If we've learned nothing else over the past month, we've learned that we as black Americans need to have an open and honest dialogue around the meaning of "manhood." At the beginning of February, Deoni Jones, a 23-year-old African-American transgender woman, was stabbed to death at a Washington, D.C. bus stop -- the suspect, a 55-year-old black man. Later that month in Atlanta, 20-year-old Brandon White was viciously attacked and called a "fa**ot" by three gang members, because he didn't fit their idea of what a man is. And just days after that, Roland Martin, a famed CNN commentator, commented that a New England Patriots player, seen wearing an all pink outfit, "needed a visit from #teamwhipdatass."
I grew up in southwest Atlanta. I had friends that lived in the Pittsburgh neighborhood where Brandon's brutal attack took place. While I watched the video I could not help but think that the victim could just as easily have been me, or one of my childhood friends. All of these incidents put a very real face to jarring reality that gay and transgender people of color are far more susceptible to acts of violence. Last year a report released by the National Coalition of Anti-Violence Programs showed that the number of hate crimes against members of the LGBT community rose 13 percent in 2010, and that people of color and transgender women were most likely to be targets of violence. The report also found that of the victims murdered in 2010, 70 percent were people of color and 44 percent were transgender women.
"Communities of color and transgender communities are particularly impacted by murder because they face multiple forms of discrimination based upon their race, ethnicity, sexual orientation, gender identity, and gender expression," the report indicates. Both transgender people and people of color were also the groups least likely to receive medical attention for their injuries. And who knows how many more attacks against LGBT people of color go unreported, due to fear of being outed, being mistreated by law enforcement, or both.
As our communities rally together to support these victims and take steps to ensure the safety of local LGBT residents, it is almost expected that some people will want to assign blame. Likely targets include the supposed intolerance of the African-Americans, hip hop music or poverty. But we must resist the convenience of misdirected answers. At the end of the day, we are all accountable because we've failed our Black boys.
Conversation around African-American men and boys have centered on economic distress, employment instability, health disparities, and an unfair criminal justice system, and rightfully so. Unfortunately, what doesn't get attention is how stigma and structural anti-gay attitudes create an environment in which they are particularly vulnerable as both attackers and as victims. For instance, telling our young boys not to cry or to "man up" only shames them. They then grow up to "police" their brothers, male friends and sons in those same ways.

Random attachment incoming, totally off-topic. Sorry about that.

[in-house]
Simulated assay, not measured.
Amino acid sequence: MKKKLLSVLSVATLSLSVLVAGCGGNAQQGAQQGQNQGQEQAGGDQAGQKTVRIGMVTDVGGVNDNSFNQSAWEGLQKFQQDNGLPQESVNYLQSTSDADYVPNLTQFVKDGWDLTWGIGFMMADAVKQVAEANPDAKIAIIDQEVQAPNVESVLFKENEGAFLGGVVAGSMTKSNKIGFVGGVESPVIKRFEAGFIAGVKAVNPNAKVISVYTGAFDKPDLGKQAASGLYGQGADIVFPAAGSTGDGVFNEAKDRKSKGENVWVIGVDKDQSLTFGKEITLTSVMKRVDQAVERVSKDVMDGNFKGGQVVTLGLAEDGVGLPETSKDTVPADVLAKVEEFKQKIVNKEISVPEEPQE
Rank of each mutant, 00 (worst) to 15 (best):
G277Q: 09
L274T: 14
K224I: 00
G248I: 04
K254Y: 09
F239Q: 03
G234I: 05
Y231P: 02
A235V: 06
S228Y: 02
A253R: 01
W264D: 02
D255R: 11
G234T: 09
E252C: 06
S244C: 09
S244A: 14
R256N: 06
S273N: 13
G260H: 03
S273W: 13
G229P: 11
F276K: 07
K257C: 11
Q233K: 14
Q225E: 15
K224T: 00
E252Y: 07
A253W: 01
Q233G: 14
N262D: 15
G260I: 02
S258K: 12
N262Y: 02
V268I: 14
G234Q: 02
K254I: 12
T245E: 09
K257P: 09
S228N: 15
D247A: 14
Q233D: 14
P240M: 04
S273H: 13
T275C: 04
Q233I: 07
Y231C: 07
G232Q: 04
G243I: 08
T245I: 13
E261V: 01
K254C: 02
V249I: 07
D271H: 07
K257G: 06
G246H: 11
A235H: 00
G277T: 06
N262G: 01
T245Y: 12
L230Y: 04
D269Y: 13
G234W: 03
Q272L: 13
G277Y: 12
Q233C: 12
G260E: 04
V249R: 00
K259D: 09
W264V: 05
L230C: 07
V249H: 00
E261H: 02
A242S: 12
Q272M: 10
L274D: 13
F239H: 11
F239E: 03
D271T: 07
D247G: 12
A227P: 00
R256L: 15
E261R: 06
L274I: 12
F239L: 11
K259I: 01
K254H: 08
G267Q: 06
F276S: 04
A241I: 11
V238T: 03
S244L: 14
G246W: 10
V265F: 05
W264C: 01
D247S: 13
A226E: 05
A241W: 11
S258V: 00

This can partly be prevented by challenging ourselves to imagine broader definitions of African-American manhood. Narrow notions of masculinity that privilege a particular kind of maleness are often part of the implicit and explicit anti-LGBT sentiment that shoots like an electric current through many of our communities. Certainly, what we call "hate crimes" and "gay bashing" is about targeting LGBT people. But there is a kind of "gender profiling" that happens as a way to penalize those among us who do not exhibit traditional notions of gender.
Blackness, and certainly black masculinity, is not, nor has it ever been a monolith. Or as New York Times columnist Charles Blow wrote, "[I]t's about understanding that masculinity is wide enough and deep enough for all of us to fit in it." The richness of the diversity of gender expression in our communities adds to the possibilities of who we are and can become. Gender diversity, quite simply put, is an asset. And any attempt to homogenize ourselves is destructive.
Our schools are especially valuable in renegotiating our construct of masculinity given the large role educational institutions play in how we think about gender. We need peer education programs, where young straight African-American men can talk to each other about how anti-gay harassment and violence in our communities works against us all. Members of the LGBT community often shoulder the responsibility of educating straight people about LGBT issues, but the voices of allies are just as powerful and important.
There have been courageous members of the hip-hop community, Kanye West perhaps being the most prominent, to speak out about anti-gay attitudes. We have to identify ways to create platforms for other African-American men, particularly regular everyday members of our communities, to speak out not only against anti-LGBT sentiment, but in favor of the value of expanding our definitions of masculinity and gender non-conformity.
African-American manhood has too often been articulated as that of "lack." As something that has been partially taken away from us and that we need to protect at all costs. We've been taught that the institution of slavery "stripped us" of our manhood, and we have to maintain what's left. I would offer that slavery wasn't just about the "taking away" of manhood, but the "taking away" of freedom. So as black men, let us fight for freedom instead -- for people to be free to express themselves and move through the world in the way that feels most comfortable for them.